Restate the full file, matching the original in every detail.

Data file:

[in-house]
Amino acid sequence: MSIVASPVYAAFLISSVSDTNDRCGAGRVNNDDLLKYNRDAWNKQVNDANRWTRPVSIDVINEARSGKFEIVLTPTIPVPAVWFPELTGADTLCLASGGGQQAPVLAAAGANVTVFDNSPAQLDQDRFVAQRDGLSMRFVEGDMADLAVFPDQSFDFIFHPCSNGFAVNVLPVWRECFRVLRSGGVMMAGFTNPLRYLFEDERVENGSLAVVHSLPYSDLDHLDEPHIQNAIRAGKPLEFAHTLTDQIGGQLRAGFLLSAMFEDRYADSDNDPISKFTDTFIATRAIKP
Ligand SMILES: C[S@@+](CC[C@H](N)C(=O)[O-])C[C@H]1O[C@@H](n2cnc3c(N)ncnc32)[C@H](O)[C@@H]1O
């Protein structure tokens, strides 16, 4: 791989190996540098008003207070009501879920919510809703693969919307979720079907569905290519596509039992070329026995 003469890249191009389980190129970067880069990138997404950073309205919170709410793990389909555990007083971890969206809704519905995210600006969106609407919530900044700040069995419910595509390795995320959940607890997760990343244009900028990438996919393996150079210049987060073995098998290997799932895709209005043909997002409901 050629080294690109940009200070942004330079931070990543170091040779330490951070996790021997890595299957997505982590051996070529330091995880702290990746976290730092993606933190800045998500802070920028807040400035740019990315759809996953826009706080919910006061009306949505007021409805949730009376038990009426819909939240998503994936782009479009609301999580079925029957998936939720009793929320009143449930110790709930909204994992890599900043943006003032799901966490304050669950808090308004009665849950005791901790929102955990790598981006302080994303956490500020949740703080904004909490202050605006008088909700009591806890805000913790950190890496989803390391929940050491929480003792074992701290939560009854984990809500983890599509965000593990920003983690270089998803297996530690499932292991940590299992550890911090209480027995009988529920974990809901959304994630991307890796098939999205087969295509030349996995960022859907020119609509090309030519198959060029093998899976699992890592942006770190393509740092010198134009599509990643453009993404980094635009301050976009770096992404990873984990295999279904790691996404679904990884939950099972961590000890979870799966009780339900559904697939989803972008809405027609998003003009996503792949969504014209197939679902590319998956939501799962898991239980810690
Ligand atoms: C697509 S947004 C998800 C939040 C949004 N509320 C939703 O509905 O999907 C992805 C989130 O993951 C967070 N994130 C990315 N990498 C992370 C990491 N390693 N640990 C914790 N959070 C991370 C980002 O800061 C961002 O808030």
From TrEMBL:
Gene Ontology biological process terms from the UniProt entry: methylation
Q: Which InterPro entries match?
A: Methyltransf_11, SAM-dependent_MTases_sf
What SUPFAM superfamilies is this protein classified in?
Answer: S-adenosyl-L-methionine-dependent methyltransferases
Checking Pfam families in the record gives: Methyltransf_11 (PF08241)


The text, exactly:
[in-house]
Amino acid sequence: MSIVASPVYAAFLISSVSDTNDRCGAGRVNNDDLLKYNRDAWNKQVNDANRWTRPVSIDVINEARSGKFEIVLTPTIPVPAVWFPELTGADTLCLASGGGQQAPVLAAAGANVTVFDNSPAQLDQDRFVAQRDGLSMRFVEGDMADLAVFPDQSFDFIFHPCSNGFAVNVLPVWRECFRVLRSGGVMMAGFTNPLRYLFEDERVENGSLAVVHSLPYSDLDHLDEPHIQNAIRAGKPLEFAHTLTDQIGGQLRAGFLLSAMFEDRYADSDNDPISKFTDTFIATRAIKP
Ligand SMILES: C[S@@+](CC[C@H](N)C(=O)[O-])C[C@H]1O[C@@H](n2cnc3c(N)ncnc32)[C@H](O)[C@@H]1O
């Protein structure tokens, strides 16, 4: 791989190996540098008003207070009501879920919510809703693969919307979720079907569905290519596509039992070329026995 003469890249191009389980190129970067880069990138997404950073309205919170709410793990389909555990007083971890969206809704519905995210600006969106609407919530900044700040069995419910595509390795995320959940607890997760990343244009900028990438996919393996150079210049987060073995098998290997799932895709209005043909997002409901 050629080294690109940009200070942004330079931070990543170091040779330490951070996790021997890595299957997505982590051996070529330091995880702290990746976290730092993606933190800045998500802070920028807040400035740019990315759809996953826009706080919910006061009306949505007021409805949730009376038990009426819909939240998503994936782009479009609301999580079925029957998936939720009793929320009143449930110790709930909204994992890599900043943006003032799901966490304050669950808090308004009665849950005791901790929102955990790598981006302080994303956490500020949740703080904004909490202050605006008088909700009591806890805000913790950190890496989803390391929940050491929480003792074992701290939560009854984990809500983890599509965000593990920003983690270089998803297996530690499932292991940590299992550890911090209480027995009988529920974990809901959304994630991307890796098939999205087969295509030349996995960022859907020119609509090309030519198959060029093998899976699992890592942006770190393509740092010198134009599509990643453009993404980094635009301050976009770096992404990873984990295999279904790691996404679904990884939950099972961590000890979870799966009780339900559904697939989803972008809405027609998003003009996503792949969504014209197939679902590319998956939501799962898991239980810690
Ligand atoms: C697509 S947004 C998800 C939040 C949004 N509320 C939703 O509905 O999907 C992805 C989130 O993951 C967070 N994130 C990315 N990498 C992370 C990491 N390693 N640990 C914790 N959070 C991370 C980002 O800061 C961002 O808030």
From TrEMBL:
Gene Ontology biological process terms from the UniProt entry: methylation
Q: Which InterPro entries match?
A: Methyltransf_11, SAM-dependent_MTases_sf
What SUPFAM superfamilies is this protein classified in?
Answer: S-adenosyl-L-methionine-dependent methyltransferases
Checking Pfam families in the record gives: Methyltransf_11 (PF08241)